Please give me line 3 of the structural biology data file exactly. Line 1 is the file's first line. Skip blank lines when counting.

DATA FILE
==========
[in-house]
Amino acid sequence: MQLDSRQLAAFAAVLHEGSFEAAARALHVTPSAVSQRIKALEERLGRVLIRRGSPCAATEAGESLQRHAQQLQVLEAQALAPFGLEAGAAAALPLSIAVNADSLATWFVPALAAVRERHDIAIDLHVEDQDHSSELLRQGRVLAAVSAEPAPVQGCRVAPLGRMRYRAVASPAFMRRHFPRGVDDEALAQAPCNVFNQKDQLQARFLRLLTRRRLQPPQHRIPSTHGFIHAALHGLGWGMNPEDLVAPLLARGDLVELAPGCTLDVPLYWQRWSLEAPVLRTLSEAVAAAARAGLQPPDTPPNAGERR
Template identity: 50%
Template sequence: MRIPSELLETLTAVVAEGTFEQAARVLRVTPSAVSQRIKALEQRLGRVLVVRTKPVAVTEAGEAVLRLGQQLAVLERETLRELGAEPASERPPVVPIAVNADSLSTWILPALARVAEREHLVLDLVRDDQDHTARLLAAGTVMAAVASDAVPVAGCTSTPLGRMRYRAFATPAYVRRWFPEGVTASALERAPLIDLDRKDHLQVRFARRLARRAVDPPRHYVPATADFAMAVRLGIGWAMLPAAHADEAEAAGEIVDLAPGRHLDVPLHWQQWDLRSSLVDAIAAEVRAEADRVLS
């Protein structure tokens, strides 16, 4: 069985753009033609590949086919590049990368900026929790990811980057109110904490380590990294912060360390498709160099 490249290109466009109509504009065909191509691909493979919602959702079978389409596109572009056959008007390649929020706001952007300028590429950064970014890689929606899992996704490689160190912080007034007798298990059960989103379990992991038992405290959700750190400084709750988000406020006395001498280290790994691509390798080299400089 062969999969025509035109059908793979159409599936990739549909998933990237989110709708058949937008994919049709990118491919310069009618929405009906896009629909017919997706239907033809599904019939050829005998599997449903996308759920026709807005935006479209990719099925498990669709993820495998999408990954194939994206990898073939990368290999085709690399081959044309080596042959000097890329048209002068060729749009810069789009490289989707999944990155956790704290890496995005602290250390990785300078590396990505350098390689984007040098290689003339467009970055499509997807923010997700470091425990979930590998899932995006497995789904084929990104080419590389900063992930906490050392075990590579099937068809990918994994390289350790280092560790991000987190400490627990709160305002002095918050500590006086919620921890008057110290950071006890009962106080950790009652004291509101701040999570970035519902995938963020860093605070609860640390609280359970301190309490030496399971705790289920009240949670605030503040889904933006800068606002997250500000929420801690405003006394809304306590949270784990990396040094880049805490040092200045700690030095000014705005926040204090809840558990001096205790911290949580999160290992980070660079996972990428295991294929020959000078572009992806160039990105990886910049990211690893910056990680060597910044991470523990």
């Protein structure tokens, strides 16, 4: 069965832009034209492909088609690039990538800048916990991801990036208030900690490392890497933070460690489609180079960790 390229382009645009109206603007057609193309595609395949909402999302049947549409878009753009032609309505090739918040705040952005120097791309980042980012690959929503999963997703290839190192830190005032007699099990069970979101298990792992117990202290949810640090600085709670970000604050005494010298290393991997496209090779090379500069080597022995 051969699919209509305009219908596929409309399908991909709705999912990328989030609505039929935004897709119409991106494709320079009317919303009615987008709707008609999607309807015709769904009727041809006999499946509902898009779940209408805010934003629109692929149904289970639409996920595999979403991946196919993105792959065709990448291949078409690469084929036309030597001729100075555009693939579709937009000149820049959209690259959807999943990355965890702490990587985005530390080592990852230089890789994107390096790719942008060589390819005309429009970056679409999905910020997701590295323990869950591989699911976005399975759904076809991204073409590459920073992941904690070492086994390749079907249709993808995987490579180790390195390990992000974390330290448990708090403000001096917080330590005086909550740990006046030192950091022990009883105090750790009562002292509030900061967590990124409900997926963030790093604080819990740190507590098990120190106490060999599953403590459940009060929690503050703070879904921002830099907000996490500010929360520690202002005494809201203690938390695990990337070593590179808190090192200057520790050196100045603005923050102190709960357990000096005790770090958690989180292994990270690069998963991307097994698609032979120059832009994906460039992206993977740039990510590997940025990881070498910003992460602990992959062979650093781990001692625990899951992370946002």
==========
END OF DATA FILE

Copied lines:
Template identity: 50%